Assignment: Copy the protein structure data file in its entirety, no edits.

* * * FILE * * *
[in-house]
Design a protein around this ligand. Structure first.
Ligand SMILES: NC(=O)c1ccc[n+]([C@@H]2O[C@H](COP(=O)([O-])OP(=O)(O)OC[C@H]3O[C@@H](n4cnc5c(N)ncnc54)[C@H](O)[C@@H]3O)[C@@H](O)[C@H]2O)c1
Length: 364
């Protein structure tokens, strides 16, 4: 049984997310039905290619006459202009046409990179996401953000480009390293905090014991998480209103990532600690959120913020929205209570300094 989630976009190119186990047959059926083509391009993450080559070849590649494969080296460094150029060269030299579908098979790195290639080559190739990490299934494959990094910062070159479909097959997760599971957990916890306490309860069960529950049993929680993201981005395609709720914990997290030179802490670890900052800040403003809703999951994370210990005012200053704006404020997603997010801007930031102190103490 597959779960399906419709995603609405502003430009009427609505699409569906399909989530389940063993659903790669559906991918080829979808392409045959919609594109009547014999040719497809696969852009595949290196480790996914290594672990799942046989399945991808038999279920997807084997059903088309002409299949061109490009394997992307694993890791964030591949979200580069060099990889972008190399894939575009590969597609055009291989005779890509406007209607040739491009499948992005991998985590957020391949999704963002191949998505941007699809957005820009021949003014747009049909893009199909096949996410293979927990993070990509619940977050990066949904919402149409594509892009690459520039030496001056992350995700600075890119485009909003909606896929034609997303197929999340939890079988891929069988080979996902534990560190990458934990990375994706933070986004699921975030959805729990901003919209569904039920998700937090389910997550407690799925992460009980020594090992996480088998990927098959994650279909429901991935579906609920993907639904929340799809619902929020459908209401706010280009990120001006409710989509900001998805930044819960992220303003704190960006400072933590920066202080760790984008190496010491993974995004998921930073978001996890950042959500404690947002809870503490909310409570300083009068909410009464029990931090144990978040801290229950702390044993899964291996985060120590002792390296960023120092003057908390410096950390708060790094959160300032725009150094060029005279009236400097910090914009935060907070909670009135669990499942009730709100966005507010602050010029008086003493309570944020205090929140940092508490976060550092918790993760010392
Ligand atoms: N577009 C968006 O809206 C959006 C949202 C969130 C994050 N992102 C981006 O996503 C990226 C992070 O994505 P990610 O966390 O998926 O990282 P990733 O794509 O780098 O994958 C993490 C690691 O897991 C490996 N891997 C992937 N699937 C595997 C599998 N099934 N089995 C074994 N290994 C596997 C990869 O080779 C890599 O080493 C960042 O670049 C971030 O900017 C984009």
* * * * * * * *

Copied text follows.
[in-house]
Design a protein around this ligand. Structure first.
Ligand SMILES: NC(=O)c1ccc[n+]([C@@H]2O[C@H](COP(=O)([O-])OP(=O)(O)OC[C@H]3O[C@@H](n4cnc5c(N)ncnc54)[C@H](O)[C@@H]3O)[C@@H](O)[C@H]2O)c1
Length: 364
């Protein structure tokens, strides 16, 4: 049984997310039905290619006459202009046409990179996401953000480009390293905090014991998480209103990532600690959120913020929205209570300094 989630976009190119186990047959059926083509391009993450080559070849590649494969080296460094150029060269030299579908098979790195290639080559190739990490299934494959990094910062070159479909097959997760599971957990916890306490309860069960529950049993929680993201981005395609709720914990997290030179802490670890900052800040403003809703999951994370210990005012200053704006404020997603997010801007930031102190103490 597959779960399906419709995603609405502003430009009427609505699409569906399909989530389940063993659903790669559906991918080829979808392409045959919609594109009547014999040719497809696969852009595949290196480790996914290594672990799942046989399945991808038999279920997807084997059903088309002409299949061109490009394997992307694993890791964030591949979200580069060099990889972008190399894939575009590969597609055009291989005779890509406007209607040739491009499948992005991998985590957020391949999704963002191949998505941007699809957005820009021949003014747009049909893009199909096949996410293979927990993070990509619940977050990066949904919402149409594509892009690459520039030496001056992350995700600075890119485009909003909606896929034609997303197929999340939890079988891929069988080979996902534990560190990458934990990375994706933070986004699921975030959805729990901003919209569904039920998700937090389910997550407690799925992460009980020594090992996480088998990927098959994650279909429901991935579906609920993907639904929340799809619902929020459908209401706010280009990120001006409710989509900001998805930044819960992220303003704190960006400072933590920066202080760790984008190496010491993974995004998921930073978001996890950042959500404690947002809870503490909310409570300083009068909410009464029990931090144990978040801290229950702390044993899964291996985060120590002792390296960023120092003057908390410096950390708060790094959160300032725009150094060029005279009236400097910090914009935060907070909670009135669990499942009730709100966005507010602050010029008086003493309570944020205090929140940092508490976060550092918790993760010392
Ligand atoms: N577009 C968006 O809206 C959006 C949202 C969130 C994050 N992102 C981006 O996503 C990226 C992070 O994505 P990610 O966390 O998926 O990282 P990733 O794509 O780098 O994958 C993490 C690691 O897991 C490996 N891997 C992937 N699937 C595997 C599998 N099934 N089995 C074994 N290994 C596997 C990869 O080779 C890599 O080493 C960042 O670049 C971030 O900017 C984009």